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luna
thefreckledone
This semester I'm an intern at the Pasco County Environmental Lands Divison. It's a small office that uses the extra 1% sales tax funds to buy land and restore it to its natural state to make it into a nature preserve that is open to the public. It's been around for six years, and they have seven preserves so far.

One thing that really sticks out to me is the amount of people that use nature preserves for illegal dumping. I don't know how much trash pickup usually costs, but it can't be that much that you are willing to drive your truck past the "conservation area, no dumping" signs and dump kitchen trash, dirty diapers, tires, couches, barbed wire, bicycles, cleaning chemicals, and anything else you might need to get rid of right into a pristine area. Often times people cut fences in order to do this. This week on a site visit our land manager found hunting equipment in the middle of a clearing, specifically deer stands and a few large feeders. Yes, in the middle of a wildlife preserve. The equipment is being confiscated this week with the help of the sheriff in case the owner is around.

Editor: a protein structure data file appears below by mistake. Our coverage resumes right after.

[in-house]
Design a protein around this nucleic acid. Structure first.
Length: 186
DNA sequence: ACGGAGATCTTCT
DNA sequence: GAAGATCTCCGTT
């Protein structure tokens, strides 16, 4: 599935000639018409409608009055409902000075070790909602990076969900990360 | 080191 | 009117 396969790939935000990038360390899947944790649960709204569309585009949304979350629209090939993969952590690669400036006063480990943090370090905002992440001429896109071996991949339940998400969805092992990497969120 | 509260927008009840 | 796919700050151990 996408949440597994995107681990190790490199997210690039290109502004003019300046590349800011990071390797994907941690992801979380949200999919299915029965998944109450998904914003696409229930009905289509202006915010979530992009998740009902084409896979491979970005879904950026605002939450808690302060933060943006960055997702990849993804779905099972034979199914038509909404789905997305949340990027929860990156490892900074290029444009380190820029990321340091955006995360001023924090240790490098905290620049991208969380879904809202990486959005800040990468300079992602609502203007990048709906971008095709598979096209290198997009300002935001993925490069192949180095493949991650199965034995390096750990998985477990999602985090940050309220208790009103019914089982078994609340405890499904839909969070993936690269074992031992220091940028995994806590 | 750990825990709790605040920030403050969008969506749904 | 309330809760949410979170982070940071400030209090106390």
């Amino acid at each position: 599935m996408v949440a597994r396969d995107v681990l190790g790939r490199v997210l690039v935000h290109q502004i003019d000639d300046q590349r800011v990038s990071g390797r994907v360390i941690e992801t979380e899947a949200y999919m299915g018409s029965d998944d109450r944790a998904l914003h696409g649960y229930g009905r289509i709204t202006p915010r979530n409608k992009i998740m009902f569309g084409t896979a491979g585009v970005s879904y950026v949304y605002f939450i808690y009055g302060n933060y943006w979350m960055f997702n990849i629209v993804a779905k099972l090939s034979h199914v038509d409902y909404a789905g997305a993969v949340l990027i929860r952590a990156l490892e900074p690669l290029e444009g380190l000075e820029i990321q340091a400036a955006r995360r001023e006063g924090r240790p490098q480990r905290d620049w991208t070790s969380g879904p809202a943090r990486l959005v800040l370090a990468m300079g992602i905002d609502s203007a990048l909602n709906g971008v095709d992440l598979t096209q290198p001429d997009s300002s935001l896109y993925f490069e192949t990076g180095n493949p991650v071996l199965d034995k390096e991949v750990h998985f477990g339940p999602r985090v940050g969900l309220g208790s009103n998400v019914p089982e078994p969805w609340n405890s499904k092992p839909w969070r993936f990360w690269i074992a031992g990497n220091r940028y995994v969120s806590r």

There are annual events in which volunteers come out to clean up one of the preserves, but there just aren't enough people to clean all of them. And what about the land that's not owned by the county? I'm sure people dump in any wooded area they can find. There are plenty of legal places where people can drop off their trash. What else can we do to fix this?

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That's redneck area. Doesn't surprise me.

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